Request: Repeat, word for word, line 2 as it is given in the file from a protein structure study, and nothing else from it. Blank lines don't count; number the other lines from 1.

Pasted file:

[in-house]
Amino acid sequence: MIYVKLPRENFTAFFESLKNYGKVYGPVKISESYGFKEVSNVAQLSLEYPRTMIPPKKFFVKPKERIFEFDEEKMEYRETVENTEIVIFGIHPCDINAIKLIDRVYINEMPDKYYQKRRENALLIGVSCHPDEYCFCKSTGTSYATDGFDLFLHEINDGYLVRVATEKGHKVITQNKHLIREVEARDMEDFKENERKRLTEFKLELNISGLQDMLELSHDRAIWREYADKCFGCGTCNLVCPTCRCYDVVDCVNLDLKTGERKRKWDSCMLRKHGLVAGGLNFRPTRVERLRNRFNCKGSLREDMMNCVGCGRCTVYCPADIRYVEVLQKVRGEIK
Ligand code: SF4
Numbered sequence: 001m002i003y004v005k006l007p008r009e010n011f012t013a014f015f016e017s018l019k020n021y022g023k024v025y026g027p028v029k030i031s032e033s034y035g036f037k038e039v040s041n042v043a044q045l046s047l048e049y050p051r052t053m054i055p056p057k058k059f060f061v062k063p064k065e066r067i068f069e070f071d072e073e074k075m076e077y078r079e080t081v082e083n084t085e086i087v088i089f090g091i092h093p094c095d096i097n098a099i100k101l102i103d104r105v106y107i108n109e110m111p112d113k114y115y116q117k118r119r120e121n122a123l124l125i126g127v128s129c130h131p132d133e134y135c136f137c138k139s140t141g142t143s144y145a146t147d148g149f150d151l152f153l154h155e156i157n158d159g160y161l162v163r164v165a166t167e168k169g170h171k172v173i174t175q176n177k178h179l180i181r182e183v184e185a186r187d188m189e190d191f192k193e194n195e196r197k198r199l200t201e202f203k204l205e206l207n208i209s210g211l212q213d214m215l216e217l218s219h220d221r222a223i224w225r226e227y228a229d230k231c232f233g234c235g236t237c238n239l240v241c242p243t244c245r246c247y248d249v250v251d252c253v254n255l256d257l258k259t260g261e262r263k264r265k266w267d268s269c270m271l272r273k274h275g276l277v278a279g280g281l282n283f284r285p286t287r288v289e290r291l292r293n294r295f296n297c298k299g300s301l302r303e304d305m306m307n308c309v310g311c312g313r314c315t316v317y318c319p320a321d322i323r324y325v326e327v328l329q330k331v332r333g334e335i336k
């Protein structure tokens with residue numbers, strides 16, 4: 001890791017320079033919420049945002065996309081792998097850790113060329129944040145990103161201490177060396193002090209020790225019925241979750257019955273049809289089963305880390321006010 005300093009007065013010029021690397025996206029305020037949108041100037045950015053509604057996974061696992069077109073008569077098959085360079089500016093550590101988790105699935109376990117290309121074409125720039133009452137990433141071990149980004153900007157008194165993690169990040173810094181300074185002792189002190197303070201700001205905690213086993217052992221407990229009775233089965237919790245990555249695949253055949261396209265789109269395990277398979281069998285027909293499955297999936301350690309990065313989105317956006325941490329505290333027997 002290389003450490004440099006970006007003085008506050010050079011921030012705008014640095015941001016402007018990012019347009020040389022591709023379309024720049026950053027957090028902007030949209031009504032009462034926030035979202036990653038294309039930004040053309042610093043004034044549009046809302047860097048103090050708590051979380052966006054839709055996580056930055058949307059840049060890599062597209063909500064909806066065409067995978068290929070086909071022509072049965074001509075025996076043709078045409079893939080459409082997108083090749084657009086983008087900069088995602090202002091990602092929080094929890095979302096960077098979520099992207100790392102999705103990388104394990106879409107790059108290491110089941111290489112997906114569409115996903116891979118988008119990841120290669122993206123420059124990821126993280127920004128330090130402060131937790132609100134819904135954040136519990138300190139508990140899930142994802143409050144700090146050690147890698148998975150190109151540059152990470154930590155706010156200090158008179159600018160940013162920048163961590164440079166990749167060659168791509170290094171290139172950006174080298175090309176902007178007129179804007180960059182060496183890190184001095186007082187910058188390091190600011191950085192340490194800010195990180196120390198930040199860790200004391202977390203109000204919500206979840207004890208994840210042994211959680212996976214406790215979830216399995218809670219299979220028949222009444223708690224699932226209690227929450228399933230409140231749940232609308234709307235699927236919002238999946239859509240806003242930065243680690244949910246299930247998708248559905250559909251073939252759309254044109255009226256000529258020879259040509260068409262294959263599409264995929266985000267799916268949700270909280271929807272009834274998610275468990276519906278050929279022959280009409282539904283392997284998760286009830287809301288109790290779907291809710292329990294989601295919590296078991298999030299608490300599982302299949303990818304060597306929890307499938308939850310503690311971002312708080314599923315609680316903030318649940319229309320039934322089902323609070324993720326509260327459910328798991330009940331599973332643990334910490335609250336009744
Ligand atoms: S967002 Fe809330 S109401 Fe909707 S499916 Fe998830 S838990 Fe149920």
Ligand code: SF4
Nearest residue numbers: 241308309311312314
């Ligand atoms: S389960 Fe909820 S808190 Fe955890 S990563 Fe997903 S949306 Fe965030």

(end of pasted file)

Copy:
Amino acid sequence: MIYVKLPRENFTAFFESLKNYGKVYGPVKISESYGFKEVSNVAQLSLEYPRTMIPPKKFFVKPKERIFEFDEEKMEYRETVENTEIVIFGIHPCDINAIKLIDRVYINEMPDKYYQKRRENALLIGVSCHPDEYCFCKSTGTSYATDGFDLFLHEINDGYLVRVATEKGHKVITQNKHLIREVEARDMEDFKENERKRLTEFKLELNISGLQDMLELSHDRAIWREYADKCFGCGTCNLVCPTCRCYDVVDCVNLDLKTGERKRKWDSCMLRKHGLVAGGLNFRPTRVERLRNRFNCKGSLREDMMNCVGCGRCTVYCPADIRYVEVLQKVRGEIK